One of those is Aleth-Setna the third (Proxy / male human / F10 W8 / LN) who was a king in his former life. He is an old monarch who stayed loyal to Anubis and was rewarded with the status of a proxy and knowledge of his old life.

He his more than just senile and outright hostile to priests of Osiris. Anubis spends less and less time here, brooding over his loss, and more in his new realm in the outland and in the Hall of Judgement. Then, some wonder, what maintains the realm now? Some still are getting worried of the growing evil in Duät. The realm is getting really gloomy and frightening and Aleth-Setna himself can't do anything. It's true that Anubis has no liking for Osiris, but he got is new task to accomplish, and that's surely not the cause of the changes. It's more the resentment of the petitioners themselves and Anubis disinterest that's feeding the evil.

Ptah's realm is the only cog who seems to have a light source. It's a globe of light that the god created that float in concentric circles over the realm. The beautiful spiritless husks created by Ptah seem attracted by it like moths to a candle. The globe casts mild continuous light over his creations.

The other too are barely lighted, but the inside of the Hall glows softly, creating flickering shadows. The land itself seems to glow like pleasant moonlight elsewhere.

The lighting in Duät is similar, or was, because the darkness is getting deeper, and the shadows threatening. Things are plotting beyond the petitioners' sight, and they now light fires to keep them away.

Rumours are true, Duät will soon slip in Baator or the grey waste, and fiends infiltrator are making sure it will be in their turf. Some thinks Set has something to do with it...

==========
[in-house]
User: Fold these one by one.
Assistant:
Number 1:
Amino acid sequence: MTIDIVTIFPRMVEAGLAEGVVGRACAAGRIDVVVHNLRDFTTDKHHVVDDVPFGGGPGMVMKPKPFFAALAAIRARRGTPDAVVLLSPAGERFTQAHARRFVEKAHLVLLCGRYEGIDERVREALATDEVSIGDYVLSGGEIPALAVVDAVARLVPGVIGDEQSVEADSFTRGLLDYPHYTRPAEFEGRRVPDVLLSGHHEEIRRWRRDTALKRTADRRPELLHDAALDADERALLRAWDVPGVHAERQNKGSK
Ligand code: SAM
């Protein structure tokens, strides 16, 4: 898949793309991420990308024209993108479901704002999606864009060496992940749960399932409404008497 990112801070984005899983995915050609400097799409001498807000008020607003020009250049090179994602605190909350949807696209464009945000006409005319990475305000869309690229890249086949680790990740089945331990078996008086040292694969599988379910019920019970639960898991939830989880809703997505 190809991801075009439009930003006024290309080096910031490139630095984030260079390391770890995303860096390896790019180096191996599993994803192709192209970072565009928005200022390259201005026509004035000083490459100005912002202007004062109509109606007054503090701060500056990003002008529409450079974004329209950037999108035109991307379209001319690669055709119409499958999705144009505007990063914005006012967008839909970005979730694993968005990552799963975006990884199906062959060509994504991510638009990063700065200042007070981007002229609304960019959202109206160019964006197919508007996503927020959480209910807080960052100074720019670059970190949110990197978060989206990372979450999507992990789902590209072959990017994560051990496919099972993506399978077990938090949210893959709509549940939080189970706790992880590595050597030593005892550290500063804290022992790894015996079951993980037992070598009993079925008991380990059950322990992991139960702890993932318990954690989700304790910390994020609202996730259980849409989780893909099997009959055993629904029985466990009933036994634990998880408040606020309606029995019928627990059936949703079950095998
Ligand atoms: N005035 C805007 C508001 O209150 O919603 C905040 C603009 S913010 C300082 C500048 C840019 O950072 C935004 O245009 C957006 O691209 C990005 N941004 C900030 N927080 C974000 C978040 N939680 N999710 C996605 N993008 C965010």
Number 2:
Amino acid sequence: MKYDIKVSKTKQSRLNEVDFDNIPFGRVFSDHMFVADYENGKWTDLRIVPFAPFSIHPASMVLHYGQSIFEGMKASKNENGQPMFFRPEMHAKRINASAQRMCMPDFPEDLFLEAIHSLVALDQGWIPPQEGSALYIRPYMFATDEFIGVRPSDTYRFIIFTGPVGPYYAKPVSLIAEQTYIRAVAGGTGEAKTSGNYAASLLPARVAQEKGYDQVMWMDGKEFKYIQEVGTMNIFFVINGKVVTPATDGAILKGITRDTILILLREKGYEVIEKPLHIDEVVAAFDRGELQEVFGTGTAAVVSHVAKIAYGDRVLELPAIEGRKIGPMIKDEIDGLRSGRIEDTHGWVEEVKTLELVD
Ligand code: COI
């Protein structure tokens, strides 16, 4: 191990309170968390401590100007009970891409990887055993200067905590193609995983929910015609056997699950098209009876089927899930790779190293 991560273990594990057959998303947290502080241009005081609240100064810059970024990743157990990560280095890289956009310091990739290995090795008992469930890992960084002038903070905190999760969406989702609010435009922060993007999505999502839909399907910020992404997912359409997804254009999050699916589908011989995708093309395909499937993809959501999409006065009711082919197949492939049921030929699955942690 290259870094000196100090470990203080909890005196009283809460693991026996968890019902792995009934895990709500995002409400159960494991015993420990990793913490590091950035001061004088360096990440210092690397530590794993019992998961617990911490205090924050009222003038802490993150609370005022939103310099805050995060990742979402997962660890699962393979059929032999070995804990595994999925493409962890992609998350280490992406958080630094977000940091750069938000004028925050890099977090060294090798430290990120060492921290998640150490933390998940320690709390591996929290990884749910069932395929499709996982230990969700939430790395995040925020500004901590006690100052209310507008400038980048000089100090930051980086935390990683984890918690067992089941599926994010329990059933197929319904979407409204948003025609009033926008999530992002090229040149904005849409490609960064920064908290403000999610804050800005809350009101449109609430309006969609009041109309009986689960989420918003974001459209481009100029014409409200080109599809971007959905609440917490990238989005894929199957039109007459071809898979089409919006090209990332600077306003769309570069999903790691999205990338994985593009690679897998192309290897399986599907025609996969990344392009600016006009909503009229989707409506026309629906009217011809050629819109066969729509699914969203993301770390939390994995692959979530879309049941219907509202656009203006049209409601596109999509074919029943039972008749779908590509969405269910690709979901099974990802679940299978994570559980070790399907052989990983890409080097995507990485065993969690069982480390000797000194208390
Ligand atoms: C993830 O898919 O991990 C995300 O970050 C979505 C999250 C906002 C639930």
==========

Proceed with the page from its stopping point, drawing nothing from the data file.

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The Giant Sphere
A Sleeping Power
Monte Lin)
On a far off cog, lies a sleeping lesser power, a giant golden bronze metallic sphere. Every month, or a full cycle of the gear, the 36 smaller (2' diameter) spheres emerge and fly out in a perfect circle away from the Giant Sphere. The smaller spheres emerge each time at a different tilt, sometimes (nearly) perpendicular to the cog, sometimes (nearly) level, and so on, such that the spheres will never encounter another one. These spheres, apparently, seek out chaotic life within Mechanus, and attempts to neutralise it (rogue modrons on Mechanus be warned!). The smaller spheres emit a beam of energy, that slowly turns the target into the same golden bronze metal. If successful, it then absorbs the metal, and returns to the Giant Sphere.

Rumours include that the Giant Sphere is a new lesser power, just recently emerged or arrived, though its worshippers are not known. Others believe that it is a creation, perhaps of the modrons, to patrol Mechanus in a systematic way and eliminate chaos. Of course, this implies that Mechanus has become more chaotic than in the past. Lastly, for those who are in the know about Nemausus, some Harmonium patrols have captured these spheres, and have named them Avowan. In addition, a few have discovered that these creatures a trainable, and wish to capture more to create Lawful watch dogs.

Avowan: No. Appearing: 1; Int: High (14); Alignment: LN; AC: 3; Move: Fl 18 (A); HD: 3; THAC0: 16; #Att: 1; Dmg: 1d6; SA: Metallicize; SD: Metal weapons cause -1 point less damage; MR: 20%; Size: S (2' diameter); ML: 13; XP: 420;

Metallicize: The target must make a save vs. paralysis or become stiff and less agile, the target's skin will turn a metallic lustre, and suffer a -4 on all rolls, stats, and AC for 1d6 turns. A second attack, and failed save, will completely turn the target into the golden bronze metal. Fortunately in 1d6 turns, they will revert back to normal, considerably less chaotic than before (DM's judgement how this takes effect, but rogue modrons are "converted" back to the modron rank they were previously).

Avowan are vulnerable to spells that affect metal, cause double damage, and to rust monsters, which acts as a level draining affect when hit. Also, an Avowan that absorbs a highly chaotic creature (slaadi for example) sometimes suffer a behaviour change into True Neutral for 1d8 days.

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Snake's Patterns
(by Martin Bourassa)